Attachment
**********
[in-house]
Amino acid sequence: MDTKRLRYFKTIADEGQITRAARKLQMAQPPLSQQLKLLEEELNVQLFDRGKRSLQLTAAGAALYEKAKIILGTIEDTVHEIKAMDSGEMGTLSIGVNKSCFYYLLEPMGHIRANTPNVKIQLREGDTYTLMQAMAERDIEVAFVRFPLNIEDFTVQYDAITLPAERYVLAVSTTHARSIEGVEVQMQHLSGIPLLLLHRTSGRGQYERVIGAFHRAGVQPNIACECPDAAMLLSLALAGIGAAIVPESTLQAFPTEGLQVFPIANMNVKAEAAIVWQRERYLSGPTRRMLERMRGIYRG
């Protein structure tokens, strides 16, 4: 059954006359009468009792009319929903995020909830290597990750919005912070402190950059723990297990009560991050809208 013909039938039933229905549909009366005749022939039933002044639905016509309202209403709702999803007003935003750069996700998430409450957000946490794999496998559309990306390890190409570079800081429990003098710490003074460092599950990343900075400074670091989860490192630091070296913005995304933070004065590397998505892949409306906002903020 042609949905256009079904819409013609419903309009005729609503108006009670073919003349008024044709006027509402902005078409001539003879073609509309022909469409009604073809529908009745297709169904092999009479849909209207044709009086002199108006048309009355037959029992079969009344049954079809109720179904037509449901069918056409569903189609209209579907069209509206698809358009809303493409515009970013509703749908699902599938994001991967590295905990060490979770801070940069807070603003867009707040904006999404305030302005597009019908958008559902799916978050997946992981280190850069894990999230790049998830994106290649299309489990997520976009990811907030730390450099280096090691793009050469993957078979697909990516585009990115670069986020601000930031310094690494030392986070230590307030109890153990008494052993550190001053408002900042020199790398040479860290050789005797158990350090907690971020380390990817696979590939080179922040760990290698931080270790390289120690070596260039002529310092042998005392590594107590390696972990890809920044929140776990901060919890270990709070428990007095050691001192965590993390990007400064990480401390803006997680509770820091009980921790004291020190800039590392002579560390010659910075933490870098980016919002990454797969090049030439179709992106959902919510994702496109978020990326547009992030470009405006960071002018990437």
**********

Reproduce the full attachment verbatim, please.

[in-house]
Amino acid sequence: MDTKRLRYFKTIADEGQITRAARKLQMAQPPLSQQLKLLEEELNVQLFDRGKRSLQLTAAGAALYEKAKIILGTIEDTVHEIKAMDSGEMGTLSIGVNKSCFYYLLEPMGHIRANTPNVKIQLREGDTYTLMQAMAERDIEVAFVRFPLNIEDFTVQYDAITLPAERYVLAVSTTHARSIEGVEVQMQHLSGIPLLLLHRTSGRGQYERVIGAFHRAGVQPNIACECPDAAMLLSLALAGIGAAIVPESTLQAFPTEGLQVFPIANMNVKAEAAIVWQRERYLSGPTRRMLERMRGIYRG
């Protein structure tokens, strides 16, 4: 059954006359009468009792009319929903995020909830290597990750919005912070402190950059723990297990009560991050809208 013909039938039933229905549909009366005749022939039933002044639905016509309202209403709702999803007003935003750069996700998430409450957000946490794999496998559309990306390890190409570079800081429990003098710490003074460092599950990343900075400074670091989860490192630091070296913005995304933070004065590397998505892949409306906002903020 042609949905256009079904819409013609419903309009005729609503108006009670073919003349008024044709006027509402902005078409001539003879073609509309022909469409009604073809529908009745297709169904092999009479849909209207044709009086002199108006048309009355037959029992079969009344049954079809109720179904037509449901069918056409569903189609209209579907069209509206698809358009809303493409515009970013509703749908699902599938994001991967590295905990060490979770801070940069807070603003867009707040904006999404305030302005597009019908958008559902799916978050997946992981280190850069894990999230790049998830994106290649299309489990997520976009990811907030730390450099280096090691793009050469993957078979697909990516585009990115670069986020601000930031310094690494030392986070230590307030109890153990008494052993550190001053408002900042020199790398040479860290050789005797158990350090907690971020380390990817696979590939080179922040760990290698931080270790390289120690070596260039002529310092042998005392590594107590390696972990890809920044929140776990901060919890270990709070428990007095050691001192965590993390990007400064990480401390803006997680509770820091009980921790004291020190800039590392002579560390010659910075933490870098980016919002990454797969090049030439179709992106959902919510994702496109978020990326547009992030470009405006960071002018990437």